MIT Professor Says You’ve Been Thinking About Home Equity Wrong

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A growing number of top financial minds are calling on Americans to wake up to a better way of thinking about their home equity. Top economists recognize that retiring unprepared is the number one threat to the world today. Pew Research reveals 10,000 boomers are retiring each day. According to Vanguard, the median amount saved in a 401k is now $72,845 by the time they are 65. That’s great news. Yet, a large percentage of the population has less than $1,000 saved, and you’ll probably need substantially more than a million dollars to be able to afford to retire. We’ve recently seen great growth in home equity. This is great news, but most it is captive equity, which is useless, or underutilized at best. So how can home equity be better used to solve the crisis?

Savvy Individuals Won’t Sandbag Their Home Equity Forever

MIT and Harvard professor Robert Merton, and a growing band of other top financial minds, are proclaiming that home equity should not be sandbagged until owners pass away. They say this applies to both those retiring short on money, as well as sophisticated and wealthy individuals. New surveys and data suggests that leveraging home equity can be incredibly beneficial for optimizing finances over the long term.

The Myths & Risks of Free & Clear Homeownership

Many homebuyers, owners, and even real estate investors are still operating in a scarcity mindset. This is often seen in the furious mission to pay homes off ‘free and clear’ as soon as possible, at all costs. This isn’t all bad, but it isn’t normally as good of a financial strategy as many think. They think it means achieving ‘security’. Yet, the truth is that even once you retire, you’ll always have taxes, insurance, and maintenance costs. Those needs and costs never go away.

Many forget to really plan ahead. They think their first home has to be their “forever home”. So they stretch themselves further than they should financially, and obtain more bad liabilities than investing. Most people will end up moving every 5 to 7 years anyways.

Another dangerous myth is that the kids will want to keep and live in the family home after parents are gone. Merton doesn’t see this happening, and points out how much we’ve changed. It’s not happening for the vast majority of families. Either kids hate their parents’ home choices, don’t want to live with the memories, desire to live somewhere else, or the property is a tear down by the time they get it.  So how do individuals slash their costs in retirement, maximize income and wealth, and leave an easier to pass on legacy?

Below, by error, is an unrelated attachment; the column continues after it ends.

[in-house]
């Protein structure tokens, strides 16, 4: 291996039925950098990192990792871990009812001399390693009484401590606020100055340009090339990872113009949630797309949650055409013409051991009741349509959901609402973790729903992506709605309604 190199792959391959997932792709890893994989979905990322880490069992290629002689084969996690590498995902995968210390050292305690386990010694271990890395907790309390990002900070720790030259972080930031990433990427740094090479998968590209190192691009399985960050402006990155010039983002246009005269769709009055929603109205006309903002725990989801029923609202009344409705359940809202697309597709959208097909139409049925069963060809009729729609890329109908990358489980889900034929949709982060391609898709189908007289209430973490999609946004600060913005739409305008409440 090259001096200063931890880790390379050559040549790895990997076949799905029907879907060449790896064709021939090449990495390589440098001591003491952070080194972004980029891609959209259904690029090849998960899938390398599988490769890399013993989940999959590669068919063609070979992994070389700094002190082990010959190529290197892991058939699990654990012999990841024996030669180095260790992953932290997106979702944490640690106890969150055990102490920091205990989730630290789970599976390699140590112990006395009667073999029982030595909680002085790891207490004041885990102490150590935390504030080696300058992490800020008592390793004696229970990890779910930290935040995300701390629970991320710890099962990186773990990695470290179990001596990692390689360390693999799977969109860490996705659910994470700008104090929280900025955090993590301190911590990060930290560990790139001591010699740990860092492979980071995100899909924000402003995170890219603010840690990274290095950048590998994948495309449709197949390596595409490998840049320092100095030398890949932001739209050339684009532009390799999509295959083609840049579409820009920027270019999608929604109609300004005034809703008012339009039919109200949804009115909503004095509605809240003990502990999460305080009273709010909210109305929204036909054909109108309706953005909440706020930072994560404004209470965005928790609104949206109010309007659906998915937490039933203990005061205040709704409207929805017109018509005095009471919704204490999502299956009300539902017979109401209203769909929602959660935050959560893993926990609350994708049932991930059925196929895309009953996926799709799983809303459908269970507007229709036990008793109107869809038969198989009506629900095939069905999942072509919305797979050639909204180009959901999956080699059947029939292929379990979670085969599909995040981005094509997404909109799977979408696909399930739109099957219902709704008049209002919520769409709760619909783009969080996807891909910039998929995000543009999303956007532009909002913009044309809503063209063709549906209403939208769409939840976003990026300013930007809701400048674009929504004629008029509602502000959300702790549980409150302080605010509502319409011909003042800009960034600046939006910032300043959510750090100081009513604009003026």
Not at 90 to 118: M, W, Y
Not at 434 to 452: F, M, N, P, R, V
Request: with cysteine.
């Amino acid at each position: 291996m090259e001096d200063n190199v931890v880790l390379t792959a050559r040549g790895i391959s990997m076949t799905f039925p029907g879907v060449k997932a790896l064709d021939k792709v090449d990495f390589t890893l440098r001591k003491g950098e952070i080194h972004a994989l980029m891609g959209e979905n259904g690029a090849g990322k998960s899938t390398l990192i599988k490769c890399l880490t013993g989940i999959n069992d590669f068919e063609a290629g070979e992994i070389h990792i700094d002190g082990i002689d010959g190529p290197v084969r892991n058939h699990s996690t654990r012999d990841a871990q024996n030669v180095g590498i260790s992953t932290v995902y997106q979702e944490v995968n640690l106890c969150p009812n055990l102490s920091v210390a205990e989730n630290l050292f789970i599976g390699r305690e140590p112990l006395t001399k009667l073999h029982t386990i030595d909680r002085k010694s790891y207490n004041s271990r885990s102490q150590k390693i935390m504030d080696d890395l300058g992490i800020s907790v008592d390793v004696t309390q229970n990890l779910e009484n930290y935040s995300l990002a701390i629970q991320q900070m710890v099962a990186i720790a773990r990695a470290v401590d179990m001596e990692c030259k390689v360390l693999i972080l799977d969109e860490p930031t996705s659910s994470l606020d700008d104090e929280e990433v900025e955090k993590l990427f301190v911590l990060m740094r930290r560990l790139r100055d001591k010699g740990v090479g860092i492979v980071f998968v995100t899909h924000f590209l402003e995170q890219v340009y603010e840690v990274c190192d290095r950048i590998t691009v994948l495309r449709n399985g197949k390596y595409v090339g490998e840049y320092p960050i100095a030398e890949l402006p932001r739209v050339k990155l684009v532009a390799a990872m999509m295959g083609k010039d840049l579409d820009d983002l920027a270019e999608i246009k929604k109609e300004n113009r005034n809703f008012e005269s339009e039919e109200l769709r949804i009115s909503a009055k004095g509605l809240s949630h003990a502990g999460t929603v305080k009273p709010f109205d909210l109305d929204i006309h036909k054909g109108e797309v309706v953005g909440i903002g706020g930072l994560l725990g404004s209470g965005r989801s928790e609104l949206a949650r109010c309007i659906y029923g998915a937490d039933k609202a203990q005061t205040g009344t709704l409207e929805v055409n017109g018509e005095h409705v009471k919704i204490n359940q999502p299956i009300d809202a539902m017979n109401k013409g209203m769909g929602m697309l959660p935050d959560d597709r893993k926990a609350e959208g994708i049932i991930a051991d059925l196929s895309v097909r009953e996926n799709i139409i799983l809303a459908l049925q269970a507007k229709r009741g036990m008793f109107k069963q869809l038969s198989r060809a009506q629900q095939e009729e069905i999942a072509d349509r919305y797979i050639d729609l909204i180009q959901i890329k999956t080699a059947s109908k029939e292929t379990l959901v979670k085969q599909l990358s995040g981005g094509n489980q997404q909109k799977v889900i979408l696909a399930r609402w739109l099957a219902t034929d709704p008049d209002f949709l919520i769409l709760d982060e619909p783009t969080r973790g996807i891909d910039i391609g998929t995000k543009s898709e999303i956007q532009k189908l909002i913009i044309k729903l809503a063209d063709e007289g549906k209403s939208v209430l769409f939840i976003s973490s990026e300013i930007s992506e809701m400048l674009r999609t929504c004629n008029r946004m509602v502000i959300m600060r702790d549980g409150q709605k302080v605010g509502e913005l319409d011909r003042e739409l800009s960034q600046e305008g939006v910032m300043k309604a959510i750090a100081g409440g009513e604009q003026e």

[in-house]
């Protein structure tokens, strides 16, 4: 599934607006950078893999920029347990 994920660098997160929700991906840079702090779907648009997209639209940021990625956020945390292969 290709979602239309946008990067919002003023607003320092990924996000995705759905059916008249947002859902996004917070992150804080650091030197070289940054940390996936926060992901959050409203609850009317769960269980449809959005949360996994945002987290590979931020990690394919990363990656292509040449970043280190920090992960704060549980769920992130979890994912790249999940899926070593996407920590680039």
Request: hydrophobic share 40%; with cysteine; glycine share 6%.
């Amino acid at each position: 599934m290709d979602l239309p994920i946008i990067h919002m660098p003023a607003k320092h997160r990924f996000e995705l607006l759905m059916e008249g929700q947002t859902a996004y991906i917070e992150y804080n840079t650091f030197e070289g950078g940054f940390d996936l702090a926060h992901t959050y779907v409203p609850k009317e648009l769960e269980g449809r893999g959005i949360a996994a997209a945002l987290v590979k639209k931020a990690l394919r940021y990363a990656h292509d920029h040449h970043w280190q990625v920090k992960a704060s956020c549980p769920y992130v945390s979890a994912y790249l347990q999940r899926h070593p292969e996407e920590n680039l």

The 3 R’s for Smart Financial Planning

1. Recognize

Recognize the real math of the path ahead. Too many are retiring without enough cash and income. They face massive and mounting medical bills, homes in disrepair, depressing lifestyles, and – at best – reliance on stock market performance to deliver. With experts from Goldman Sachs and Market Watch predicting there may be zero returns to a 50% stock market crash in 2016, that’s looking really ugly for those retiring soon. You’ll need access to passive income, and alternatives so that you don’t deplete your retirement savings in the down years right when you retire.

2. Reverse Mortgages

Reverse mortgages can cure all, that is – at least – according to today’s top financial thinkers. A reverse mortgage can cover the costs of healthcare, property maintenance, provide a backup, act as your second pension, and won’t create new payments or crush your income potential.

More advisers are realizing this. Angella Conrard of also highlights that reverse mortgages are different today than they were 10 years ago. Many of the bad terms have been eliminated, while new loan programs and lines of credit offer great flexibility that homeowners can count on. Experts now say the best move is to secure a reverse mortgage credit line as early as possible.

3. Reinvest in Turnkey Real Estate

What if you had 10 homes you could tap into for equity later in life? They could provide income now and then, while building equity. Use that cash to grow investments, and consider professionally managed or turnkey income properties